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Guardian: EU countries seek to annex lucrative tract of Atlantic seabed

· UK, Ireland, France and Spain in mining rights bid
· Environmentalists accuse coalition of 'land grab'

A vast tract of the Atlantic seabed more than 200 miles off shore is being claimed by a coalition of four European countries eager to expand their oil and gas prospecting rights.

The joint submission to the United Nations by France, Ireland, Spain and the UK is based on a novel legal approach that is transforming the international politics of underwater prospecting. Environmentalists have condemned the procedure as legitimising "land grabs".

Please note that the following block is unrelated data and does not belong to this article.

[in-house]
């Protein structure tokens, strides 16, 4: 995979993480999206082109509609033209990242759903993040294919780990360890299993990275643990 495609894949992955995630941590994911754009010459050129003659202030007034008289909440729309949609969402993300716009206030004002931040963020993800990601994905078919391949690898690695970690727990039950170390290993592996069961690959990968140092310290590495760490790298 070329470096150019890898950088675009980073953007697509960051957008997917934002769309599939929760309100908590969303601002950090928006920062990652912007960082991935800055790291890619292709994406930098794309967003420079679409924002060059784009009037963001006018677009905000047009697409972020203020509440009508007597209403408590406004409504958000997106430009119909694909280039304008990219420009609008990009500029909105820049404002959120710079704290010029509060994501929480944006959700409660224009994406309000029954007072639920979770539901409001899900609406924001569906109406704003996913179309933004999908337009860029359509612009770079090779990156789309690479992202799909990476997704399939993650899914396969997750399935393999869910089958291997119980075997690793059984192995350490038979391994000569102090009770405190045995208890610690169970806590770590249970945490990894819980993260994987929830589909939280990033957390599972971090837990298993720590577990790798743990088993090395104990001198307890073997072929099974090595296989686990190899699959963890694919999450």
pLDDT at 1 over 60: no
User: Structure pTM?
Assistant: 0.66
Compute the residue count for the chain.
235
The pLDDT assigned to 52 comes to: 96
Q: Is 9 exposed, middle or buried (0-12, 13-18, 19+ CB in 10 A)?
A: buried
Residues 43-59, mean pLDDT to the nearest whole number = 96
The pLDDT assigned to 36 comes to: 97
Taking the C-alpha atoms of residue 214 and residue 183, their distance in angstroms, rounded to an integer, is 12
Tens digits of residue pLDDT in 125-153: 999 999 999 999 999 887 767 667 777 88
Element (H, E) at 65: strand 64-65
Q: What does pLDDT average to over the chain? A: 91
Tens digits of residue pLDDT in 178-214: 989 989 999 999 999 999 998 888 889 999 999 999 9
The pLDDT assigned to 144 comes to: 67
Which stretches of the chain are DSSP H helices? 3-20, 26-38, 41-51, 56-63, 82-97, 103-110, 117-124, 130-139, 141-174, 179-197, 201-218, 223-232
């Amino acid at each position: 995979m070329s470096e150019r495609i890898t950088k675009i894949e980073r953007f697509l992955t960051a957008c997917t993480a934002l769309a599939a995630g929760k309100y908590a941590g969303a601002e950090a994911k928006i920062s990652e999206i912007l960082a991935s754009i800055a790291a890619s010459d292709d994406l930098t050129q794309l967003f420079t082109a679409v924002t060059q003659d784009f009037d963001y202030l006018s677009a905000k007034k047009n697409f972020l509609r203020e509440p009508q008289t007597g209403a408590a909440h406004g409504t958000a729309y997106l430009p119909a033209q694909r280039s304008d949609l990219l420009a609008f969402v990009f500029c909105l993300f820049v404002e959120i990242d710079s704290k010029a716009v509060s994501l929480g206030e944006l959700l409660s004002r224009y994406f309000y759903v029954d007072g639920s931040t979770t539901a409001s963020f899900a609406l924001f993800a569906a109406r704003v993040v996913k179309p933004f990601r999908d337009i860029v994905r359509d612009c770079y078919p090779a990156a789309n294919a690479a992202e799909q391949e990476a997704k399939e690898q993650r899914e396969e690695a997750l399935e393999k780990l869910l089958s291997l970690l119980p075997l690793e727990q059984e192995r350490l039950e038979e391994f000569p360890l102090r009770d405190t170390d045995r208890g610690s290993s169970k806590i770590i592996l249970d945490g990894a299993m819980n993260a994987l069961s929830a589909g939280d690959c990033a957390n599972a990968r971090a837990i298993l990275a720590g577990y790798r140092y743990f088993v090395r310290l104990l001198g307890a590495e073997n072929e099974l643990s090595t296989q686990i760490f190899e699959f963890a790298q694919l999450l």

The diamond-shaped zone straddles the outer edge of the continental shelf under the Celtic sea and the Bay of Biscay. It covers 31,000 square miles, an area the size of Ireland, at a point where the seabed plunges down to what is known as the Porcupine Abyssal Plain.

The waters there are up to 5,000 metres (16,500 feet) deep, almost double the depth at which commercial extraction of gas is viable at present. Deposits of frozen methane, which may provide another energy source, are expected to be found.

by Fran on Tue Jun 6th, 2006 at 12:44:13 AM EST
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